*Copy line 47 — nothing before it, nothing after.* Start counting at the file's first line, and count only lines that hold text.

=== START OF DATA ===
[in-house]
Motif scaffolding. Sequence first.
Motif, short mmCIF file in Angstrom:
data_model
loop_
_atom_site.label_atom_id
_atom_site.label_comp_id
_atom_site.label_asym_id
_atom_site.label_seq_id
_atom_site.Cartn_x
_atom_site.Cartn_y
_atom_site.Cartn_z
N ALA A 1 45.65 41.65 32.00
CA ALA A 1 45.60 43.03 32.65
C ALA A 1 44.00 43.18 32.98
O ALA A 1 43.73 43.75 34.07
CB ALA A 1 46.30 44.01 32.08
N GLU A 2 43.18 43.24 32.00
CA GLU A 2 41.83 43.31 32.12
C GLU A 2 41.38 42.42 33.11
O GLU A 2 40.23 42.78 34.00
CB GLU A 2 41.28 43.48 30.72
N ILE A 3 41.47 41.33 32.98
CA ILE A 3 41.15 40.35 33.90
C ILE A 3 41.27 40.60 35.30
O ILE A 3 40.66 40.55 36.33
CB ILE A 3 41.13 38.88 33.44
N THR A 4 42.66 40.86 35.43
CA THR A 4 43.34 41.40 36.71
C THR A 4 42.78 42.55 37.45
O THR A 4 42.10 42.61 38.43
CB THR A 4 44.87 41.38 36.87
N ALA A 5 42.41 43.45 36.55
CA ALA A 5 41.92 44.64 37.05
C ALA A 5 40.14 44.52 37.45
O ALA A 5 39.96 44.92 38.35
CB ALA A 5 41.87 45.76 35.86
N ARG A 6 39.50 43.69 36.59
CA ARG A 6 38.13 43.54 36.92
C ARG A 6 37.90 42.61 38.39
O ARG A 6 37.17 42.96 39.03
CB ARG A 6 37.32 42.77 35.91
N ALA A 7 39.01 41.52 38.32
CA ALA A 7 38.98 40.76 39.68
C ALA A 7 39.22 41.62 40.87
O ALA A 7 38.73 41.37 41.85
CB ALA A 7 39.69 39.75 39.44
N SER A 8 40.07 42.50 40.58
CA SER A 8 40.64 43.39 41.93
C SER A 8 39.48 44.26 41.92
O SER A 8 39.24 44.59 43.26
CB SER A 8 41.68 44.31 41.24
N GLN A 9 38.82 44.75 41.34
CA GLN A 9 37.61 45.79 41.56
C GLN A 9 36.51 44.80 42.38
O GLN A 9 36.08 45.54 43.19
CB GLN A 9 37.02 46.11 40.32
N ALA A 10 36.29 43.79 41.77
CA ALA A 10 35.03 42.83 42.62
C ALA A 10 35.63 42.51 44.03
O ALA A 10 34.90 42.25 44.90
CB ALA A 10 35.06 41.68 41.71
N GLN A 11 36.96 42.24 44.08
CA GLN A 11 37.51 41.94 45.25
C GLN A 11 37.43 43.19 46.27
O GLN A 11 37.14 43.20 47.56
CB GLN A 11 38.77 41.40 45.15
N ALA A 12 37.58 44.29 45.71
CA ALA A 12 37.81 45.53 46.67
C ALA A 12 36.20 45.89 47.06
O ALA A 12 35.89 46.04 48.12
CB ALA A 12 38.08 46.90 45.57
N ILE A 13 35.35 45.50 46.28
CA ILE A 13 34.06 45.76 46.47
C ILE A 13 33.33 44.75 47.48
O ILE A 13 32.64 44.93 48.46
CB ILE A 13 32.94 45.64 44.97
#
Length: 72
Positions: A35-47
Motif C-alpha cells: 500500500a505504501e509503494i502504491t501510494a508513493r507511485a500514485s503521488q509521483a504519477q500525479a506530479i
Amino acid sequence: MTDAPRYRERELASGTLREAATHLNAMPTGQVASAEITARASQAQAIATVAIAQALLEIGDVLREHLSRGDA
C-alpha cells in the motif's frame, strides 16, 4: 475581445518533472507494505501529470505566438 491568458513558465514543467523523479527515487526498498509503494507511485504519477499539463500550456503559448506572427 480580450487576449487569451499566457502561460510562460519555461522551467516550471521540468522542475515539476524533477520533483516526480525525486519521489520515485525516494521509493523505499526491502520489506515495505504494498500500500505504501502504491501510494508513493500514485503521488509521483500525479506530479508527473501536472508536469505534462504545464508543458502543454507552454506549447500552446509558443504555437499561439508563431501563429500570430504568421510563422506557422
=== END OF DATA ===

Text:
CB ALA A 7 39.69 39.75 39.44